The Persistence of Vision Raytracer (POV-Ray).

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Attached to Project: POV-Ray
Opened by Mike H - 2010-06-20
Last edited by William F Pokorny - 2017-01-21

FS#145 - Stack trace report on error

In other languages if you encounter an error you’ll often be presented with a stack trace showing not only the file and line number the error occurred at, but also any calling functions and _their_ calling functions and so on.

Currently, Povray reports the line number of the error as well as the last five or so lines prior to the error. This is usually OK in simple scenes, but breaks down when you start making use of inclusion and macros.

Let’s say you have a macro located in a file that you then include in your scene. Within your scene you call the macro multiple times, passing input to it. However, by accident you pass _invalid_ input to the macro at some point, resulting in an error when parsing. In this case Povray will report the error as belonging to the macro whereas the actual bug exists in the calling code. If the macro is called more than once in your scene it can be difficult to figure out _which_ instance is the one supplying the bad input.

Not sure how much of this is achievable in Povray.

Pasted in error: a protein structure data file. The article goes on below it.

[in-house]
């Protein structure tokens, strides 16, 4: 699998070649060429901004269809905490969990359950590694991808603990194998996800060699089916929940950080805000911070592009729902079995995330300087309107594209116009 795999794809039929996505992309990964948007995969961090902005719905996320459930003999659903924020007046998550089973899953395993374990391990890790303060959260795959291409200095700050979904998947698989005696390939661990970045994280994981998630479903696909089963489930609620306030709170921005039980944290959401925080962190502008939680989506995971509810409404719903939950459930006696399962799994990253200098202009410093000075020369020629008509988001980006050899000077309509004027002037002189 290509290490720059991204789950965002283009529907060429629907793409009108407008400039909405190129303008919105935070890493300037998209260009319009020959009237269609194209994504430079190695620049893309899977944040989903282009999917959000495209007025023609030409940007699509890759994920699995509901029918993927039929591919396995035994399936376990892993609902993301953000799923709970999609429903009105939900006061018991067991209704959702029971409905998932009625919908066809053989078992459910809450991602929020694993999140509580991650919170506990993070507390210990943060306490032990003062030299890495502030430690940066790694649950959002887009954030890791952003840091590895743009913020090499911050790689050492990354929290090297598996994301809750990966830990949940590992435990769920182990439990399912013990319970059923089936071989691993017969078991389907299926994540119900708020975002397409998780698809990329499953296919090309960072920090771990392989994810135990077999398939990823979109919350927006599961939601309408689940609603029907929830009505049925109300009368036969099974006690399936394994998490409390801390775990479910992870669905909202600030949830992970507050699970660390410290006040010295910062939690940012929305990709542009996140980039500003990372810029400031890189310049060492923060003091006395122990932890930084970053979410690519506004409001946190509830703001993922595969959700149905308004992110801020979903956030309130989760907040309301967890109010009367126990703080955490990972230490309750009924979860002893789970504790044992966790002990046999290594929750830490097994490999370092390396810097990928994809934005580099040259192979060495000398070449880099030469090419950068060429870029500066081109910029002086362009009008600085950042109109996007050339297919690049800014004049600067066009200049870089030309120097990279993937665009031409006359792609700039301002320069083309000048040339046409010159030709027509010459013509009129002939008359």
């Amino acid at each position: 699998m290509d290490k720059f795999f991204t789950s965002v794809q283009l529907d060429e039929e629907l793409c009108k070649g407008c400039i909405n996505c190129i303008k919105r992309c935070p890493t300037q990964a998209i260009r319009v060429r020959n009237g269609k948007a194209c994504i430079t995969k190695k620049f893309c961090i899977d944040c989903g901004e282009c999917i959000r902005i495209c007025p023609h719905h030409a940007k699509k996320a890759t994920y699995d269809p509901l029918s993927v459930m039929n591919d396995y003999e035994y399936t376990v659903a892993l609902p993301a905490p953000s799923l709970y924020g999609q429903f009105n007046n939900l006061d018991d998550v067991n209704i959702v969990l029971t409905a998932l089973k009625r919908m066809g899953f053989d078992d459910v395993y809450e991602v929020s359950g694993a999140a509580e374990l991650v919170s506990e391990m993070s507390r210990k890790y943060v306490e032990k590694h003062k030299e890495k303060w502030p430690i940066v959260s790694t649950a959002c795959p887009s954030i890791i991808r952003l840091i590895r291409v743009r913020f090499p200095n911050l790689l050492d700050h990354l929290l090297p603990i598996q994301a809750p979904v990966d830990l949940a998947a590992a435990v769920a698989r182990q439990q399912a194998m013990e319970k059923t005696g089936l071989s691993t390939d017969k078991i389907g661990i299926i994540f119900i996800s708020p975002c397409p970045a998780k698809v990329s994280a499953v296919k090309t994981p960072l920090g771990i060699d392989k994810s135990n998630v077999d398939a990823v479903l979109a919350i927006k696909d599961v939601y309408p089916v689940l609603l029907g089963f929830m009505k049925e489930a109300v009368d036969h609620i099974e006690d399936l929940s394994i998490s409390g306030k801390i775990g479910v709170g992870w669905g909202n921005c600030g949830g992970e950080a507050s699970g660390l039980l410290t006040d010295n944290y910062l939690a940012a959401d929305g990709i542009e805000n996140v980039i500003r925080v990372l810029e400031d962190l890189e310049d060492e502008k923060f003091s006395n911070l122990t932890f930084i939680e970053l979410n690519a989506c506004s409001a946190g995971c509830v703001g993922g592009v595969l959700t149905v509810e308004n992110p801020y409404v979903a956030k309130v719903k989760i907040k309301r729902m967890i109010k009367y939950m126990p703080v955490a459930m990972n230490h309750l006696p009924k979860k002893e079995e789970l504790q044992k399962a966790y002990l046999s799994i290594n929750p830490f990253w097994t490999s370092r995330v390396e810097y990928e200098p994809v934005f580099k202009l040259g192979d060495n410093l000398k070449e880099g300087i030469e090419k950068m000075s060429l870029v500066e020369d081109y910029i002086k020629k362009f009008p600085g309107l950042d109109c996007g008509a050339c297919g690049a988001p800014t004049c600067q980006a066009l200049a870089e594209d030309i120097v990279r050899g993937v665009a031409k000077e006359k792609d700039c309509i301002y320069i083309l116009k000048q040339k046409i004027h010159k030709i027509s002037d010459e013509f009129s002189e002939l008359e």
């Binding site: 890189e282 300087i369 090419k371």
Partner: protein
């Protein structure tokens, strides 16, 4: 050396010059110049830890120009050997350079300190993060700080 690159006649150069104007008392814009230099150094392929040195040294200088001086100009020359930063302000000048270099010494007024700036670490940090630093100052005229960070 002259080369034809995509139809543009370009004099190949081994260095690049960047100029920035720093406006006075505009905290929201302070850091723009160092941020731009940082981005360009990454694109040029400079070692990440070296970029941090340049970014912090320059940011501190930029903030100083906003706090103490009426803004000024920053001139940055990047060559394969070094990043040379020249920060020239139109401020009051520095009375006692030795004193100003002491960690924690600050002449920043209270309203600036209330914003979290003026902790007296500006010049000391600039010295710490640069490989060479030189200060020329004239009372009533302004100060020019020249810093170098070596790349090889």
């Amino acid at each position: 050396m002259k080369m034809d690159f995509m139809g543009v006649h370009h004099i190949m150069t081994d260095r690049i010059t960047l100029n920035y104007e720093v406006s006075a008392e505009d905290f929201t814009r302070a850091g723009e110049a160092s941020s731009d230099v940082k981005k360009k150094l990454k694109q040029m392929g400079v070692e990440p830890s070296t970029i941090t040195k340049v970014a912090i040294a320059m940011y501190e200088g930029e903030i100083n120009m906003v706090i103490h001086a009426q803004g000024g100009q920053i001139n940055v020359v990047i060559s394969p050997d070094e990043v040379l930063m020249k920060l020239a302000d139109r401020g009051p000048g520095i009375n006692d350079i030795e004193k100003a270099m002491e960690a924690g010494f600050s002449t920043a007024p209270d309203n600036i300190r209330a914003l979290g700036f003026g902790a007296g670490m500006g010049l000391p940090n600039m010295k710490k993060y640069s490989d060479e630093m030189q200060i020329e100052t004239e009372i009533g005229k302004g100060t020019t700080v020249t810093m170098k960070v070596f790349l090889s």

Chris Cason commented on Monday, 21 June 2010, 19:16 GMT

It would be possible using existing code to trace the inclusions of files via #debug statements, which could be conditionally enabled if you are trying to trace down a problem. However that isn't very convenient.

The current POV-Ray code does have available the tree of included files, which I suppose we could print. Note that a true stack trace as you are describing isn't really the right thing because macros aren't functions. The include tree (which would include the line the file was included from) should be sufficient. I'll keep this in mind, but no guarantee it'll be added.

Mike H commented on Monday, 28 June 2010, 22:20 GMT

Is it possible to track the position where the macro was called from? Or are macros expanded at a different stage than they are evaluated at?

Consider the following case:

#macro this_and_that(them)

#debug this_and_that("those")

The first case works properly.

#macro this_and_that(them)

#debug this_and_that(4)

In the second case the error is reported as being within the macro.

#macro this_and_that(them)

#debug this_and_that()

But in the third case the parser knows to go to the calling block instead.

Thorsten Fröhlich commented on Friday, 02 July 2010, 05:06 GMT

I have a fairly concrete idea how to implement this and will take a look.

Grimbert Jérôme commented on Saturday, 21 May 2011, 16:52 GMT

Any progress ? (just wondering)

Thorsten Fröhlich commented on Wednesday, 27 June 2012, 12:57 GMT

No progress in the core code, but I do have an on the fly parser for the preprocessor in my branch of the smp tree in Perforce. Currently its used for context sensitive syntax-highlighting in my Qt-based frontend development. For the backend I have a somewhat different idea though.

William F Pokorny commented on Saturday, 21 January 2017, 15:45 GMT

Now tracked on github as issue #203.


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